Psst! Come on, what's the dirt? What's the real story? You must know the inside track. It's a question journalists are often asked, particularly on a weekend like this with PC Plod ready to pay yet another visit to senior figures in the Labour Party. And what's the lowdown on Portsmouth FC manager Harry Redknapp, who had his own collar felt last week?
It's tempting to answer that we hold nothing back and take the view: publish and be damned. But that's rarely possible thanks to the draconian power of the English libel laws of which all newspapers live in dread. This Sunday morning, with many reputations of the wealthy and powerful at stake, m'learned friends will be crawling over every printed word. (And don't assume the political process is exempt: many politicians who are keen to make use of parliamentary privilege inside the House employ lawyers who are busy collecting money from newspapers outside it.)
A high court judge once said: "It is one of the professional tasks of newspapers to unmask the fraudulent and scandalous." And so it is. But under English law the burden of proof if a libel case comes to court lies with the defendant. It goes without saying that a story must be written according to proper journalistic standards. But there also has to be watertight evidence that will stand up in front of a jury, and crucially, witnesses must be prepared to come forward to back the argument. With the prospect of damages and costs running into millions, it is hardly surprising that many editors back off.
So, I hate to admit it (let alone provide fuel for conspiracy theorists) but this does allow for the existence of a kind of "inside track" for those in the know and there are many quite astonishing things that editors and investigative journalists are party to, but which will never be published.
Sometimes this material finds its way on to the internet, but mostly, if it appears in print at all, it is in such neutered form as to be of little worth. Commander John Yates "Yates of the Yard" who investigated Labour's last funding dbcle told a select committee the other day that there is a stack of unseen material from his inquiries. But now there will be no charges, and we are unlikely ever to read it.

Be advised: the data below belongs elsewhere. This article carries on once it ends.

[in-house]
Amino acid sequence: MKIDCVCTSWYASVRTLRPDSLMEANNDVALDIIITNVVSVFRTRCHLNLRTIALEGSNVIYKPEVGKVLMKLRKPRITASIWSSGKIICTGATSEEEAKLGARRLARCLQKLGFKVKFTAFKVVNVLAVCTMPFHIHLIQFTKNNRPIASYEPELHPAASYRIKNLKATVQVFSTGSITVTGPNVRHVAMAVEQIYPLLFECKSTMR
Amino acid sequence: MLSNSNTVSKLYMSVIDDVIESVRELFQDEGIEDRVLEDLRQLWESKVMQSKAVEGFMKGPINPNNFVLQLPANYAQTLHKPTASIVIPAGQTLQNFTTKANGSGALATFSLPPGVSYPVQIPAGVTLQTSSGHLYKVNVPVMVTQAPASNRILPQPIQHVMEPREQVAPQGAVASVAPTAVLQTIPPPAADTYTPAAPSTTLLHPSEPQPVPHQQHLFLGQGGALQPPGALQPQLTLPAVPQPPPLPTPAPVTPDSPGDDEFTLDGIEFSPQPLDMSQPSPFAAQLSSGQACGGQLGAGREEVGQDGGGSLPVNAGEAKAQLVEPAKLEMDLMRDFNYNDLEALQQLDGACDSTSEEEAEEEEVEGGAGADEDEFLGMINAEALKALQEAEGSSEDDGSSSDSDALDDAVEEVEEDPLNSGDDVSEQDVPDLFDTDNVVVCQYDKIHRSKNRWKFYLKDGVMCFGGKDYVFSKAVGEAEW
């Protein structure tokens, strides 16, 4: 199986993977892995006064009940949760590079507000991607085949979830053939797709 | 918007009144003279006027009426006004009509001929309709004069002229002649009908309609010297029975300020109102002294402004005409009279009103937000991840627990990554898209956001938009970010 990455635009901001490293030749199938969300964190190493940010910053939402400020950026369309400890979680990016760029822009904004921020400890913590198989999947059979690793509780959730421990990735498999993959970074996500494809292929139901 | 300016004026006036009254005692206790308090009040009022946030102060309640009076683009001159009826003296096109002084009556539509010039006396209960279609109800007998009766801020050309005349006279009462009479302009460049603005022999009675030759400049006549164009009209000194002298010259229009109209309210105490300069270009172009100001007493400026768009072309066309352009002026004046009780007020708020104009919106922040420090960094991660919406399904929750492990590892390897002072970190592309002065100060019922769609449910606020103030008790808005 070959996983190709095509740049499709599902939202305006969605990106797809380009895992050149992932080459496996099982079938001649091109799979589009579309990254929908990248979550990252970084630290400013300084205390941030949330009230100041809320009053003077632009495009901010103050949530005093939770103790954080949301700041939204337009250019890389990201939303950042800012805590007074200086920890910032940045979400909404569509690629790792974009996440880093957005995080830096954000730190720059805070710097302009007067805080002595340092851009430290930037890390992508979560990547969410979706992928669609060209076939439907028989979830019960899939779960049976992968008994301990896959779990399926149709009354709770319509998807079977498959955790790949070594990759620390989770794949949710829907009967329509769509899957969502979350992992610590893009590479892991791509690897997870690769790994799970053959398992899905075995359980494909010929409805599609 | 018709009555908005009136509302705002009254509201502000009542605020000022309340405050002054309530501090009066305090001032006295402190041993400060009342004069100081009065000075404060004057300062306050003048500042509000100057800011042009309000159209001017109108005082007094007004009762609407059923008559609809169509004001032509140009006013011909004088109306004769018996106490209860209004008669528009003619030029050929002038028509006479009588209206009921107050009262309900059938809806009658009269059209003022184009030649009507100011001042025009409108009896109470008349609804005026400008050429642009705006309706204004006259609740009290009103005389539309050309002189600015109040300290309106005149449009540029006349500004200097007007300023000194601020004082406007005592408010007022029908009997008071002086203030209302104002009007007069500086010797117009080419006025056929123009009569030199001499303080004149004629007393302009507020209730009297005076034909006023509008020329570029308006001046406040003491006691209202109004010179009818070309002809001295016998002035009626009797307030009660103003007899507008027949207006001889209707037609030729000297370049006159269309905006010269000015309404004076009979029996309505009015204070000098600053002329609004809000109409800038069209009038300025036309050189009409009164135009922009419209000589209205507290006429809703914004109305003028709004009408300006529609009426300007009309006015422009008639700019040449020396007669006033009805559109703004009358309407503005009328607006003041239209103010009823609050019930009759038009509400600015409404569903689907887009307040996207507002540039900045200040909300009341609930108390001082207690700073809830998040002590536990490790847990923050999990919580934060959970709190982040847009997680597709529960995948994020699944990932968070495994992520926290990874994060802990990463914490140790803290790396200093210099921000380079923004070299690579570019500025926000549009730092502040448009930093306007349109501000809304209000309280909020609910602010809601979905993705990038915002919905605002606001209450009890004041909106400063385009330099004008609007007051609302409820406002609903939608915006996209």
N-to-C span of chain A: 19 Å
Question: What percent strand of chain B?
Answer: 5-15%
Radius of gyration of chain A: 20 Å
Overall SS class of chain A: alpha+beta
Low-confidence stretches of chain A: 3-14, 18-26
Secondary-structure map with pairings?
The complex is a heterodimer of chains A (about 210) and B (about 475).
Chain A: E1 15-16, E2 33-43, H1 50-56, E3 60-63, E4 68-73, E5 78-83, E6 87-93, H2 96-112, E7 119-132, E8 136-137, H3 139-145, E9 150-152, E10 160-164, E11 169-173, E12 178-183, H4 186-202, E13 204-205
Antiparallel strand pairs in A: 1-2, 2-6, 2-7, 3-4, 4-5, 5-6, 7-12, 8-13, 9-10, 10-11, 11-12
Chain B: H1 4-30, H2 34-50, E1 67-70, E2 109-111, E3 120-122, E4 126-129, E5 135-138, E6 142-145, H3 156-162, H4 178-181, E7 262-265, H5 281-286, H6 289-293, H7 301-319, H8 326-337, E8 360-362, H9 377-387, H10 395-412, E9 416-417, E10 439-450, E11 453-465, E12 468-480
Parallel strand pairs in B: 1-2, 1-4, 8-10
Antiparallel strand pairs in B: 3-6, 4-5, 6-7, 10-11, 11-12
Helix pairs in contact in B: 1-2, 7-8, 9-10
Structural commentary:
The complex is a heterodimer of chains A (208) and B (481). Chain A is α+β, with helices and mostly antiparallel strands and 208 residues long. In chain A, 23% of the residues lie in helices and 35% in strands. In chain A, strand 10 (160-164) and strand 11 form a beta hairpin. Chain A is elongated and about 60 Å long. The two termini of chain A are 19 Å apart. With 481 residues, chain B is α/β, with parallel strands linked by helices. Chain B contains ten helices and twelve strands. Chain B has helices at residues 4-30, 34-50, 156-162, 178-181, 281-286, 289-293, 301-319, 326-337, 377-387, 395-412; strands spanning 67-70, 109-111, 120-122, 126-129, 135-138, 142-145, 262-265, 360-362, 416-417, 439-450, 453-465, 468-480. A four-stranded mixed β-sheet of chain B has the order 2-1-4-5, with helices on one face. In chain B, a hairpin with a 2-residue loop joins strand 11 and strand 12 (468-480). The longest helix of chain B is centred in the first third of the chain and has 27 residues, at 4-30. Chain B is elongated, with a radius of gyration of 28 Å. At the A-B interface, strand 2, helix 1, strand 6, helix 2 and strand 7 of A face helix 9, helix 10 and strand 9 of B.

You may see these restraints on publication as a good thing and so they are if there is any invasion of privacy or they relate to tittle-tattle about celebrities. But it is a system that also allows the baddies to go unpunished. For years, there was strong evidence about the misdeeds of the late Robert Maxwell and the shenanigans surrounding the former cabinet minister Jonathan Aitken. But dire threats from their lawyers meant they went unexposed. Before his recent trial, no newspaper was willing to take on Conrad Black while he threatened to sue everybody between here and Toronto.
By the way, did you hear about the leading churchgoing politician who was caught with his mistress snorting... (sorry to stop it here, but I have just felt the hand of our legal manager on my shoulder).
Message Board: Can horse power oust the gas-guzzlers?
News that dozens of French towns are using horse-drawn carts for waste collection and street-cleaning, to cut CO2, had bloggers racing to ios.typepad.com
It sounds nuts, and there are some obvious problems, but we're not talking about horse travel being the only way of doing things; rather, it would be part of the general transport network. It wouldn't be suitable for all towns, either.
The Old Order Amish of Pennsylvania and elsewhere decided in the 1870s to resist the blandishments of promoters of modernity and have never looked back (or is it forward?). It would be easy to restore horse-drawn trolley buses.
Just wait until the enviro-wackos face off again the animal rights wackos on this one. The is the kind of foolish thing that happens when emotionalism overrides good sense.
Horses are a reasonable alternative for towns while mass transit is a reasonable means of transport for big cities.
The French missed every chance they ever had to live sustainably, building nuclear power stations. And as a major arms manufacturer they create 1,000 other hells all over the world. A few horses are not going to paper over this.
I have had enough with the parking tickets that my employees keep collecting. Getting a fleet of welsh cobs and carts would not only save the environment, but I think they wouldn't be clamped, towed away or fined.
Can the big picture be changed by small and incremental changes at the lowest levels? I'd like to think yes, but realism suggests no. But hurrah for the horse and a stable economy...
Unit of work for unit of energy, horses could never have been more efficient than fuel-fired engines, or they would not have been phased out of use.
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